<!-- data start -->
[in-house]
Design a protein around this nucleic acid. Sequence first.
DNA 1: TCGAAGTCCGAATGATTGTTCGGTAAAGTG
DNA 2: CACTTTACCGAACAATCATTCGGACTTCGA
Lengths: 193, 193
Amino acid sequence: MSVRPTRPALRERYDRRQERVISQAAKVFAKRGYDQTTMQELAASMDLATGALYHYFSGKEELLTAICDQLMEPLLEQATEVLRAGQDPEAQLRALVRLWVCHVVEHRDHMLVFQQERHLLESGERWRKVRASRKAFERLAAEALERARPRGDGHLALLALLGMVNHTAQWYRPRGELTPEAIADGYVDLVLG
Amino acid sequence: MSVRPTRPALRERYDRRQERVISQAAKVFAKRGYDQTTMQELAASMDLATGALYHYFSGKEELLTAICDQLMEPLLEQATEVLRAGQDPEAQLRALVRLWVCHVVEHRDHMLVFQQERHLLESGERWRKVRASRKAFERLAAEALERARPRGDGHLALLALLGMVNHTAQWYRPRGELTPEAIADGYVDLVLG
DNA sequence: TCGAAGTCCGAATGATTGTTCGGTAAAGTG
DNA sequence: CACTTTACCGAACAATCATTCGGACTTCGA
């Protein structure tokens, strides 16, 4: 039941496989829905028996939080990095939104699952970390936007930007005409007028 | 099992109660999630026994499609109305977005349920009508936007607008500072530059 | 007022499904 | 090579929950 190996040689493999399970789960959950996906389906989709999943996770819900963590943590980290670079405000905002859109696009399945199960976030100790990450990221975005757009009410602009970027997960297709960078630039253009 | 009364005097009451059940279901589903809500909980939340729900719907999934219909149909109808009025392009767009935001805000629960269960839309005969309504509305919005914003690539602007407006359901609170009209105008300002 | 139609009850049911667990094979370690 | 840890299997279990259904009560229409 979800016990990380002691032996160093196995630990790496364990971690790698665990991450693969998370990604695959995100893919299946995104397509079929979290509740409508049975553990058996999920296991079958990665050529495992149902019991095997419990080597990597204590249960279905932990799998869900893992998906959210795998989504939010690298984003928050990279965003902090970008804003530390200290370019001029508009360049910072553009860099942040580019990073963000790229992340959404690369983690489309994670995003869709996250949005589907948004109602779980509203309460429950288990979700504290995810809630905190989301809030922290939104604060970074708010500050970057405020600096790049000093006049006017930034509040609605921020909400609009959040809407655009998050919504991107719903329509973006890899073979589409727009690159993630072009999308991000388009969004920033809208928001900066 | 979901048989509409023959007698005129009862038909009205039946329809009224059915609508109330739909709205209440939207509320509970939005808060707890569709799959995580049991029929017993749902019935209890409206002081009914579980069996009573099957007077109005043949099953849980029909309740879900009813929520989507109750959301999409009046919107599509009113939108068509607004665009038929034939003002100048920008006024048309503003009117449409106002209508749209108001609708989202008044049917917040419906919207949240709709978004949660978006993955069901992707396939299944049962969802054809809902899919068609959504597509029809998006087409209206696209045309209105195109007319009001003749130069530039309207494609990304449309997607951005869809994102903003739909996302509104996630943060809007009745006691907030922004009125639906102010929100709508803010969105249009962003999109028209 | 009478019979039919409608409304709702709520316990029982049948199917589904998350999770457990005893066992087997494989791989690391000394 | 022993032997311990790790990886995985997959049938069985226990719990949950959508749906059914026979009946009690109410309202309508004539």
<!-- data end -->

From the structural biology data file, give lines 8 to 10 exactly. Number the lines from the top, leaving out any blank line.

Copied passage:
DNA sequence: TCGAAGTCCGAATGATTGTTCGGTAAAGTG
DNA sequence: CACTTTACCGAACAATCATTCGGACTTCGA
């Protein structure tokens, strides 16, 4: 039941496989829905028996939080990095939104699952970390936007930007005409007028 | 099992109660999630026994499609109305977005349920009508936007607008500072530059 | 007022499904 | 090579929950 190996040689493999399970789960959950996906389906989709999943996770819900963590943590980290670079405000905002859109696009399945199960976030100790990450990221975005757009009410602009970027997960297709960078630039253009 | 009364005097009451059940279901589903809500909980939340729900719907999934219909149909109808009025392009767009935001805000629960269960839309005969309504509305919005914003690539602007407006359901609170009209105008300002 | 139609009850049911667990094979370690 | 840890299997279990259904009560229409 979800016990990380002691032996160093196995630990790496364990971690790698665990991450693969998370990604695959995100893919299946995104397509079929979290509740409508049975553990058996999920296991079958990665050529495992149902019991095997419990080597990597204590249960279905932990799998869900893992998906959210795998989504939010690298984003928050990279965003902090970008804003530390200290370019001029508009360049910072553009860099942040580019990073963000790229992340959404690369983690489309994670995003869709996250949005589907948004109602779980509203309460429950288990979700504290995810809630905190989301809030922290939104604060970074708010500050970057405020600096790049000093006049006017930034509040609605921020909400609009959040809407655009998050919504991107719903329509973006890899073979589409727009690159993630072009999308991000388009969004920033809208928001900066 | 979901048989509409023959007698005129009862038909009205039946329809009224059915609508109330739909709205209440939207509320509970939005808060707890569709799959995580049991029929017993749902019935209890409206002081009914579980069996009573099957007077109005043949099953849980029909309740879900009813929520989507109750959301999409009046919107599509009113939108068509607004665009038929034939003002100048920008006024048309503003009117449409106002209508749209108001609708989202008044049917917040419906919207949240709709978004949660978006993955069901992707396939299944049962969802054809809902899919068609959504597509029809998006087409209206696209045309209105195109007319009001003749130069530039309207494609990304449309997607951005869809994102903003739909996302509104996630943060809007009745006691907030922004009125639906102010929100709508803010969105249009962003999109028209 | 009478019979039919409608409304709702709520316990029982049948199917589904998350999770457990005893066992087997494989791989690391000394 | 022993032997311990790790990886995985997959049938069985226990719990949950959508749906059914026979009946009690109410309202309508004539």